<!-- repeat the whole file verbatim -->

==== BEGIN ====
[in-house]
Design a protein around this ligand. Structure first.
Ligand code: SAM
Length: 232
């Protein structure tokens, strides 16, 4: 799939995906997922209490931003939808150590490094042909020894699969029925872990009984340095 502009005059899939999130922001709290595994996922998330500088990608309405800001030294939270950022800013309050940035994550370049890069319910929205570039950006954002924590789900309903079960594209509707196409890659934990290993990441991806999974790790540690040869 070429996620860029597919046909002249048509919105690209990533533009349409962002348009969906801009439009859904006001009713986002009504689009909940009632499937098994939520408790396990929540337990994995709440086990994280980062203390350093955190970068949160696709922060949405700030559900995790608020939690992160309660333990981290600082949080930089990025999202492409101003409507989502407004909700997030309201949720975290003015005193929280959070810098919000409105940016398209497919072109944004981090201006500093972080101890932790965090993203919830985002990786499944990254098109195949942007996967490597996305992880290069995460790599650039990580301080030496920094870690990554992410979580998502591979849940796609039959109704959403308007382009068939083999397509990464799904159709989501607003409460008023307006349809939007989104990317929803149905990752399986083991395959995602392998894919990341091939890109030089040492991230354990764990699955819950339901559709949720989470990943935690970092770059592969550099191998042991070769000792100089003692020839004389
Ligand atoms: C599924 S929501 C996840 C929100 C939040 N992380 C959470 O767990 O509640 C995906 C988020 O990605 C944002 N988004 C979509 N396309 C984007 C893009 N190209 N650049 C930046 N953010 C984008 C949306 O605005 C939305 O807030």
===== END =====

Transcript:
[in-house]
Design a protein around this ligand. Structure first.
Ligand code: SAM
Length: 232
């Protein structure tokens, strides 16, 4: 799939995906997922209490931003939808150590490094042909020894699969029925872990009984340095 502009005059899939999130922001709290595994996922998330500088990608309405800001030294939270950022800013309050940035994550370049890069319910929205570039950006954002924590789900309903079960594209509707196409890659934990290993990441991806999974790790540690040869 070429996620860029597919046909002249048509919105690209990533533009349409962002348009969906801009439009859904006001009713986002009504689009909940009632499937098994939520408790396990929540337990994995709440086990994280980062203390350093955190970068949160696709922060949405700030559900995790608020939690992160309660333990981290600082949080930089990025999202492409101003409507989502407004909700997030309201949720975290003015005193929280959070810098919000409105940016398209497919072109944004981090201006500093972080101890932790965090993203919830985002990786499944990254098109195949942007996967490597996305992880290069995460790599650039990580301080030496920094870690990554992410979580998502591979849940796609039959109704959403308007382009068939083999397509990464799904159709989501607003409460008023307006349809939007989104990317929803149905990752399986083991395959995602392998894919990341091939890109030089040492991230354990764990699955819950339901559709949720989470990943935690970092770059592969550099191998042991070769000792100089003692020839004389
Ligand atoms: C599924 S929501 C996840 C929100 C939040 N992380 C959470 O767990 O509640 C995906 C988020 O990605 C944002 N988004 C979509 N396309 C984007 C893009 N190209 N650049 C930046 N953010 C984008 C949306 O605005 C939305 O807030």